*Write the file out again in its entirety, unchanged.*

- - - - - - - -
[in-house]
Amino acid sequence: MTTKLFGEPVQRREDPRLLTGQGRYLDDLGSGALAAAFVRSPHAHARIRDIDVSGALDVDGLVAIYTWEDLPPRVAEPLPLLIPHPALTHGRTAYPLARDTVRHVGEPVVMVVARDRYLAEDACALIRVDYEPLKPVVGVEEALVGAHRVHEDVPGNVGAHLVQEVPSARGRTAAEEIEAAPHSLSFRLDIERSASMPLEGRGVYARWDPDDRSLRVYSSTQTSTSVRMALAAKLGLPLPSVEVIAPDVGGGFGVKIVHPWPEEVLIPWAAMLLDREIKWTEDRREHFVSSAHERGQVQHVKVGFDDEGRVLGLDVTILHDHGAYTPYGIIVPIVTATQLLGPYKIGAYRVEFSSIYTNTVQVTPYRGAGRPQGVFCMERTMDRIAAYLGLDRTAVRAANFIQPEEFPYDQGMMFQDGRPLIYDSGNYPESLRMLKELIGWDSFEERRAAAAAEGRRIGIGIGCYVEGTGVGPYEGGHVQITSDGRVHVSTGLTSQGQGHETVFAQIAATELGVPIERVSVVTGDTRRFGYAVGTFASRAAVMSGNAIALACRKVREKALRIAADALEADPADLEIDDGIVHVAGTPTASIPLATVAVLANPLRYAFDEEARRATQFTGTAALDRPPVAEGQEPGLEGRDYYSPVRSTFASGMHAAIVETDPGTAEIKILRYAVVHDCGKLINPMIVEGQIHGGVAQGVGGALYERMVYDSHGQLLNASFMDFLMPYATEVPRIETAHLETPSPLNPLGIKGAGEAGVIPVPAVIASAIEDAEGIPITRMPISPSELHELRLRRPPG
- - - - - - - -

[in-house]
Amino acid sequence: MTTKLFGEPVQRREDPRLLTGQGRYLDDLGSGALAAAFVRSPHAHARIRDIDVSGALDVDGLVAIYTWEDLPPRVAEPLPLLIPHPALTHGRTAYPLARDTVRHVGEPVVMVVARDRYLAEDACALIRVDYEPLKPVVGVEEALVGAHRVHEDVPGNVGAHLVQEVPSARGRTAAEEIEAAPHSLSFRLDIERSASMPLEGRGVYARWDPDDRSLRVYSSTQTSTSVRMALAAKLGLPLPSVEVIAPDVGGGFGVKIVHPWPEEVLIPWAAMLLDREIKWTEDRREHFVSSAHERGQVQHVKVGFDDEGRVLGLDVTILHDHGAYTPYGIIVPIVTATQLLGPYKIGAYRVEFSSIYTNTVQVTPYRGAGRPQGVFCMERTMDRIAAYLGLDRTAVRAANFIQPEEFPYDQGMMFQDGRPLIYDSGNYPESLRMLKELIGWDSFEERRAAAAAEGRRIGIGIGCYVEGTGVGPYEGGHVQITSDGRVHVSTGLTSQGQGHETVFAQIAATELGVPIERVSVVTGDTRRFGYAVGTFASRAAVMSGNAIALACRKVREKALRIAADALEADPADLEIDDGIVHVAGTPTASIPLATVAVLANPLRYAFDEEARRATQFTGTAALDRPPVAEGQEPGLEGRDYYSPVRSTFASGMHAAIVETDPGTAEIKILRYAVVHDCGKLINPMIVEGQIHGGVAQGVGGALYERMVYDSHGQLLNASFMDFLMPYATEVPRIETAHLETPSPLNPLGIKGAGEAGVIPVPAVIASAIEDAEGIPITRMPISPSELHELRLRRPPG